Considering each team is only allowed a single pair of two-way contracts per season, Moore becomes the obvious roster casualty. The Spurs have three picks in the 2019 draft, and the remaining two-way contract would be better-served fielding their second-round selection.

Shoring up the Roster

Despite the fact San Antonio has the opportunity to add a plethora of fresh talent, it may make more sense for them to pursue a trade or two in the hopes of improving the roster and freeing up some minutes for their young core.

Marco Belinelli and Patty Mills were a part of the Spurs’ last title team in 2014, and both guards are fan favorites throughout the city of San Antonio. There’s no denying they contributed something special to the team over the years, but recently in the playoffs, they both struggled on each end of the court.

Belinelli and Mills are aging shooters with decreasing value, declining athleticism, and a penchant for giving up easy baskets. Patty is owed a grand total of $26.6M over the next two seasons, Marco might still be attractive to contenders in need of shooters, and the Silver and Black should try to unload their contracts.

Of course, getting a deal completed is easier said than done in the NBA. Regardless of real-life obstacles, here are a few scenarios help all teams involved.

Should the first and last trades listed above get the green light, that would leave San Antonio with the 19th pick in the 2019 Draft, three NBA roster openings, and they’d still be an over the cap team able to re-sign Gay. Keep in mind though, the fourth trade proposal would need to be executed before July 1.

They wouldn’t have enough money to sign a big-time superstar, and the home of the River Walk has never been a major free agent destination. Nonetheless, players around the league are bound to be attracted to the idea of playing for Coach Pop before he calls it quits.

Thaddeus Young is one such player who fits the mold of a perfect Spur. Young is a selfless teammate, eager defender, and a serviceable catch-and-shoot threat.

Other teams in the association will almost definitely be able to offer Thaddeus more money. The Spurs, however, can offer Young a place to contend and a Mid-Level Exception worth up to $39.8M over four years.

Do I expect Young to sign with San Antonio? Not really. Even if he does, it’s doubtful the Silver and Black offer him more than a two-year stint.

A more realistic target would be the Spurs’ 2015 first-rounder Nikola Milutinov. The 24-year old put himself in the EuroLeague MVP discussion this season and a buyout would be relatively inexpensive.

Putting a price tag on the Serbian center isn’t a precise science. Even so, you can use an estimation of Tiago Splitter’s first NBA contract to get an idea of his price range.

Drafting Dynamic Players

On the topic of players heading into their first contracts, assuming they hold on to a lone first-round pick, the Spurs must make a smart draft day decision. The talent will be there at 19, but a poor evaluation could lead to wasted potential.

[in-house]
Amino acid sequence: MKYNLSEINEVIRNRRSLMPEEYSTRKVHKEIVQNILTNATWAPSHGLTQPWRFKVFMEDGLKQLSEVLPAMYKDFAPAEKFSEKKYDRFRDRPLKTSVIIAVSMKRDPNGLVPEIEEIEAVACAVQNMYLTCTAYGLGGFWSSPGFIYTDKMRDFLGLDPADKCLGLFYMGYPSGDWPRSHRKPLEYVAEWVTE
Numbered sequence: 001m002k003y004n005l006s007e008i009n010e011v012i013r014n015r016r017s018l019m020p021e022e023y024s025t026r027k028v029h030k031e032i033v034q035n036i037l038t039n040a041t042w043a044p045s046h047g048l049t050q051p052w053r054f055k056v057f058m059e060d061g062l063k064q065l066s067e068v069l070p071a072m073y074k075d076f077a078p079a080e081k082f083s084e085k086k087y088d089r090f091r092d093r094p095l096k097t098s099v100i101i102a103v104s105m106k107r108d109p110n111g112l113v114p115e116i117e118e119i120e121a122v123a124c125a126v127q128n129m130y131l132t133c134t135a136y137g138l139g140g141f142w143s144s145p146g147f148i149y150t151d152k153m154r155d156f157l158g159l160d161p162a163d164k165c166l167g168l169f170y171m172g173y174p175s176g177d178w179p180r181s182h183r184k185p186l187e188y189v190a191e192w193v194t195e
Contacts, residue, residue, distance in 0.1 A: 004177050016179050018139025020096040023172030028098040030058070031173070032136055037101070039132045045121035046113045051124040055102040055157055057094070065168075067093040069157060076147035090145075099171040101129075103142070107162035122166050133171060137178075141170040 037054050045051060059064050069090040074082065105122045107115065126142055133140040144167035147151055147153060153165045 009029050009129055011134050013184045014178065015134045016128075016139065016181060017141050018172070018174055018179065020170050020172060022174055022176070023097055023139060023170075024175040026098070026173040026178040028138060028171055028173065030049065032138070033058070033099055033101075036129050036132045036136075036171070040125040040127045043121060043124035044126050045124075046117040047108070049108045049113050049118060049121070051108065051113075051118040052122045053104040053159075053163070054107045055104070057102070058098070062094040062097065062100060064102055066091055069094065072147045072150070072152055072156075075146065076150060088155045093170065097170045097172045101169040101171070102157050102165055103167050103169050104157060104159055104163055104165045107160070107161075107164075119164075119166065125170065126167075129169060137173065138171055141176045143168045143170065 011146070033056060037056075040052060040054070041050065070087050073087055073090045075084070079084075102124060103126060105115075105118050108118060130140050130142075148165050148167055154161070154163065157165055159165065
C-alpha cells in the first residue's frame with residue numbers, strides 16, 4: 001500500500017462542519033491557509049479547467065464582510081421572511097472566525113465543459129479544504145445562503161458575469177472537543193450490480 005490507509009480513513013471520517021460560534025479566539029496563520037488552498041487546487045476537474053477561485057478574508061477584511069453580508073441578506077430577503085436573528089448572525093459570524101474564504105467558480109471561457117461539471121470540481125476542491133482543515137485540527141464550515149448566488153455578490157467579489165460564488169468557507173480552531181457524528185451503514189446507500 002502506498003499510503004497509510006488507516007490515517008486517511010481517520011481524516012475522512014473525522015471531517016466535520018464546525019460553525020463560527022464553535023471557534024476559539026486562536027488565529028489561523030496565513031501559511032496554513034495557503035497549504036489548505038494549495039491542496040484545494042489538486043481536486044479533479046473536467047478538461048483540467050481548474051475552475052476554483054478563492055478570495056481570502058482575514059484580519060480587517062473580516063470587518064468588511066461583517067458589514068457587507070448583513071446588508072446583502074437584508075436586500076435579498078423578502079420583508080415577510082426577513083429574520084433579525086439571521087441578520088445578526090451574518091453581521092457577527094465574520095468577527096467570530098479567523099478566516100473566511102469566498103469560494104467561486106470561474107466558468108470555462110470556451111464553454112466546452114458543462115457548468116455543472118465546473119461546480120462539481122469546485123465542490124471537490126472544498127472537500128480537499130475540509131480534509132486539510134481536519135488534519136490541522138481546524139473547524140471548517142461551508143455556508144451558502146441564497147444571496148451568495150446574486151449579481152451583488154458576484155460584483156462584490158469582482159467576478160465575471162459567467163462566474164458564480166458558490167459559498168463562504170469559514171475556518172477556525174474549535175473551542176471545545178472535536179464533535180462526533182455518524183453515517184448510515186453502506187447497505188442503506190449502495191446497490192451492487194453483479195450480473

Romeo Langford is the guy San Antonio should be eyeballing, and he should be available. Much like Lonnie Walker IV from last year’s draft, Romeo is a natural scorer with insane measurables and freakish physical tools.

Langford could be an outstanding 3-and-D wing despite wonky shot mechanics and an inconsistent motor. He’ll likely need a dedicated coaching staff and a team-first culture to reach his ceiling. Luckily for him, the Spurs have both.

If San Antonio decides to hold their picks in favor of keeping Patty and Marco around, expect the Spurs to invest in some more do-it-all type of individuals.

The Spurs are rumored to be interested in taking international prospect Luka Samanic with their 29th pick, and UCF shooting guard Aubrey Dawkins has NBA pedigree and two-way upside. In fact, once upon a time, San Antonio drafted his father with the 10th pick of the 1986 Draft.

Making Minor Tweaks

Fantasizing about draft picks and free agents is great, but at the end of the day, the Spurs’ success will be determined by the players who call San Antonio home.

LaMarcus Aldridge, DeRozan, and Jakob Poeltl are the starters right now and for the foreseeable future. Each of them is flawed and none of them are suspected to be on the move this offseason.

From that perspective, the Spurs’ best bet at building upon their success is making minor adjustments to their key players’ weaknesses.

Poeltl was a beast on the boards once the Spurs released Pau and Pop set him free. He banged bodies down low with the league’s best big men and used his soft hands to finish at the rim.

Although he helped San Antonio raise their winning percentage late in the year, Poeltl was far from the reason for their league-best free throw percentage. Jakob shot just 53.3% from the charity stripe in 2018-2019, and that mark kept him from being a reliable player down the stretch in tight games.

Poeltl has all Summer to sharpen his skills at the line. He may never become a serious threat outside of five feet, but knocking down his free throws at a 65% clip isn’t an unrealistic goal.

If working on fundamentals isn’t asking too much of Poeltl, then neither is asking LA and DeRozan to develop an adequate stand-still three-point jumper. The All-Star duo were a pitiful 17-of-87 (19.5%) from long distance during the regular season, and that just won’t fly in today’s pace and space era of basketball.

Although things rarely go according to plan in professional sports, the Spurs and their staff have the power to make the most of their resources. We’ve seen Coach Pop and General Manager R.C. Buford engineer a dynasty from scratch before. Who’s to say they can’t do it again?